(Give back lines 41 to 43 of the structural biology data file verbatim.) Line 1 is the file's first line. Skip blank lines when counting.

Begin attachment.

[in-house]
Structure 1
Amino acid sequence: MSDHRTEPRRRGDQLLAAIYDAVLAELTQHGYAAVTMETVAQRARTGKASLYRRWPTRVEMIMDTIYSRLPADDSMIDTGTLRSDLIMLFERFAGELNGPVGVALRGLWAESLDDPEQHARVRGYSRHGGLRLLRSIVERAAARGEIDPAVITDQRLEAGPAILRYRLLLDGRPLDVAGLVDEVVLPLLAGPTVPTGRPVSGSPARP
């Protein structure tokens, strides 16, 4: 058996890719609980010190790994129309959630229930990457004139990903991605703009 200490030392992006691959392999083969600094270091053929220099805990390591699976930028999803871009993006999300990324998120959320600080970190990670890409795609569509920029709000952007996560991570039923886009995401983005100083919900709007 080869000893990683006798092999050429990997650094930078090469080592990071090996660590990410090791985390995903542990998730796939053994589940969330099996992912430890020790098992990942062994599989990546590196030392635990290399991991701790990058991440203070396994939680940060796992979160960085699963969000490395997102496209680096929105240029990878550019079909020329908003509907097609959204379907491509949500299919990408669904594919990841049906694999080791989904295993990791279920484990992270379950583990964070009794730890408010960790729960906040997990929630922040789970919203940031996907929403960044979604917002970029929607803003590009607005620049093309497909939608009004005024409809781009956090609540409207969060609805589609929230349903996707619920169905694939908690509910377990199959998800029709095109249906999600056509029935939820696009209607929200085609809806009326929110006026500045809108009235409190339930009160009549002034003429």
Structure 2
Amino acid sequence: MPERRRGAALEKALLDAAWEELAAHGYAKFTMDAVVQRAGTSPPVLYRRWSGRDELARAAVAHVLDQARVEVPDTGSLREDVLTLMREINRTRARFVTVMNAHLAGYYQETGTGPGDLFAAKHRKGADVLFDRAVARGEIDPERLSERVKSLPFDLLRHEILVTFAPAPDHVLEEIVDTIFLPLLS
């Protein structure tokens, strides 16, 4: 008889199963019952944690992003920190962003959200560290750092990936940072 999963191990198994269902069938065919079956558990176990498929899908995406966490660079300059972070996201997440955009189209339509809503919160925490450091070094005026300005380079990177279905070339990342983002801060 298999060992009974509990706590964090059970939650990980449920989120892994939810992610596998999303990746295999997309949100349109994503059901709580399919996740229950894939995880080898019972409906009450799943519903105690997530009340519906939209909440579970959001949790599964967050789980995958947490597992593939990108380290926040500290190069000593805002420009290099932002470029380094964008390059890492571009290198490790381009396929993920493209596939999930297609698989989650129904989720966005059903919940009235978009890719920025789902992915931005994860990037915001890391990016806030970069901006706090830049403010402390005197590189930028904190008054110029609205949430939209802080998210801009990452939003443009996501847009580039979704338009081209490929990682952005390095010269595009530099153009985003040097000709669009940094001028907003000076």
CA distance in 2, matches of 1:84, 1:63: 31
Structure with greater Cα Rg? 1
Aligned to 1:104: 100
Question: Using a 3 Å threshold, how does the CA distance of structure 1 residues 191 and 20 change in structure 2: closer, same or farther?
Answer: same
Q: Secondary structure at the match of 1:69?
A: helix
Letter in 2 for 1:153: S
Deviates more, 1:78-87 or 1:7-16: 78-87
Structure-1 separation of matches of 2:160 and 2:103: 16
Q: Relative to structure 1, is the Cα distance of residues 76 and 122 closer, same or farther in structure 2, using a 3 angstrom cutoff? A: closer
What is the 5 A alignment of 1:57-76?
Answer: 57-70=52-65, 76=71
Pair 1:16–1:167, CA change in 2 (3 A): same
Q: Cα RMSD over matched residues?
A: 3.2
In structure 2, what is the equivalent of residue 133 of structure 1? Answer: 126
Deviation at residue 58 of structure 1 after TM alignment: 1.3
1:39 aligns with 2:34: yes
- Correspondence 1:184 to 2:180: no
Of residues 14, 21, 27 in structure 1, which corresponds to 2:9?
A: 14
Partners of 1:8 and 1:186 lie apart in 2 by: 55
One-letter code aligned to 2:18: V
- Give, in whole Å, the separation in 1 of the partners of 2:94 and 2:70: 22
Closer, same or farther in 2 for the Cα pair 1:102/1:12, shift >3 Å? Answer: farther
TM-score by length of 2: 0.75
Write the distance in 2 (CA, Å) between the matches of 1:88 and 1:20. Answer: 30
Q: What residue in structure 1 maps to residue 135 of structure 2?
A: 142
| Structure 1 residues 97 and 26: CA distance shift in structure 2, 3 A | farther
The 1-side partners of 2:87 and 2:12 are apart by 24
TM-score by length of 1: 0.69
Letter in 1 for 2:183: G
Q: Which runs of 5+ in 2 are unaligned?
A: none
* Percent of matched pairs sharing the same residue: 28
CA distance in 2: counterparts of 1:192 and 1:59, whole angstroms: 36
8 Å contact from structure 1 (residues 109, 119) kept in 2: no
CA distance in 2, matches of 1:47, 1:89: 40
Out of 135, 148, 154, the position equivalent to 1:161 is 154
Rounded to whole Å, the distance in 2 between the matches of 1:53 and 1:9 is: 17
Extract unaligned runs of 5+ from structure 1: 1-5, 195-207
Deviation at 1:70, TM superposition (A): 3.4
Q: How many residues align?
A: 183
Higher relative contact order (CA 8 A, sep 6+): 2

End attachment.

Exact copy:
Letter in 1 for 2:183: G
Q: Which runs of 5+ in 2 are unaligned?
A: none